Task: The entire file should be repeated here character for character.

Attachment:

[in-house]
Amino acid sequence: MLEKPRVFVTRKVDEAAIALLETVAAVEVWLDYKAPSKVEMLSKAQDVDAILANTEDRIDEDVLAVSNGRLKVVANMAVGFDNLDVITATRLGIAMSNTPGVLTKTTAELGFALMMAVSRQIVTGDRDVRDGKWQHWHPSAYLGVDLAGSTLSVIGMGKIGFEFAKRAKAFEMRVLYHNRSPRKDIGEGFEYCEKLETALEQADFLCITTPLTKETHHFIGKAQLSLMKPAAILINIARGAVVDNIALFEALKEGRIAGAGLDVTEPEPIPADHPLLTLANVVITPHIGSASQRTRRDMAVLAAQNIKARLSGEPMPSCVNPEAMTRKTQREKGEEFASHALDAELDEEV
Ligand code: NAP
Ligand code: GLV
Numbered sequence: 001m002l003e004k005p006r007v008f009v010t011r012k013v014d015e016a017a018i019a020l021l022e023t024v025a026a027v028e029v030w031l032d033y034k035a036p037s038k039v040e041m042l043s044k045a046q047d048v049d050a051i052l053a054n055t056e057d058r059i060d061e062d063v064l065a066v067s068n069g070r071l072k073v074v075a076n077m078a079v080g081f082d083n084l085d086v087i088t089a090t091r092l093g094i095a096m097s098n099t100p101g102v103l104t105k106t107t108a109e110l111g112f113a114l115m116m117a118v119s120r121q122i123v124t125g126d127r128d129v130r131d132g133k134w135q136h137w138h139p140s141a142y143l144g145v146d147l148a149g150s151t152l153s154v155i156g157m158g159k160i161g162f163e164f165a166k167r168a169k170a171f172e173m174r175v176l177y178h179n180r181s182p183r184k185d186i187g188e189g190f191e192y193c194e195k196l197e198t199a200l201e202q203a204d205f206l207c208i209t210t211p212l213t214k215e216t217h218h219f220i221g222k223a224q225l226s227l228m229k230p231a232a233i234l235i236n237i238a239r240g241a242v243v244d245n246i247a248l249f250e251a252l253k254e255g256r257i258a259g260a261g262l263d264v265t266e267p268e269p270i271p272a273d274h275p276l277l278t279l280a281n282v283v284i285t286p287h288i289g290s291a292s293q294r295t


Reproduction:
[in-house]
Amino acid sequence: MLEKPRVFVTRKVDEAAIALLETVAAVEVWLDYKAPSKVEMLSKAQDVDAILANTEDRIDEDVLAVSNGRLKVVANMAVGFDNLDVITATRLGIAMSNTPGVLTKTTAELGFALMMAVSRQIVTGDRDVRDGKWQHWHPSAYLGVDLAGSTLSVIGMGKIGFEFAKRAKAFEMRVLYHNRSPRKDIGEGFEYCEKLETALEQADFLCITTPLTKETHHFIGKAQLSLMKPAAILINIARGAVVDNIALFEALKEGRIAGAGLDVTEPEPIPADHPLLTLANVVITPHIGSASQRTRRDMAVLAAQNIKARLSGEPMPSCVNPEAMTRKTQREKGEEFASHALDAELDEEV
Ligand code: NAP
Ligand code: GLV
Numbered sequence: 001m002l003e004k005p006r007v008f009v010t011r012k013v014d015e016a017a018i019a020l021l022e023t024v025a026a027v028e029v030w031l032d033y034k035a036p037s038k039v040e041m042l043s044k045a046q047d048v049d050a051i052l053a054n055t056e057d058r059i060d061e062d063v064l065a066v067s068n069g070r071l072k073v074v075a076n077m078a079v080g081f082d083n084l085d086v087i088t089a090t091r092l093g094i095a096m097s098n099t100p101g102v103l104t105k106t107t108a109e110l111g112f113a114l115m116m117a118v119s120r121q122i123v124t125g126d127r128d129v130r131d132g133k134w135q136h137w138h139p140s141a142y143l144g145v146d147l148a149g150s151t152l153s154v155i156g157m158g159k160i161g162f163e164f165a166k167r168a169k170a171f172e173m174r175v176l177y178h179n180r181s182p183r184k185d186i187g188e189g190f191e192y193c194e195k196l197e198t199a200l201e202q203a204d205f206l207c208i209t210t211p212l213t214k215e216t217h218h219f220i221g222k223a224q225l226s227l228m229k230p231a232a233i234l235i236n237i238a239r240g241a242v243v244d245n246i247a248l249f250e251a252l253k254e255g256r257i258a259g260a261g262l263d264v265t266e267p268e269p270i271p272a273d274h275p276l277l278t279l280a281n282v283v284i285t286p287h288i289g290s291a292s293q294r295t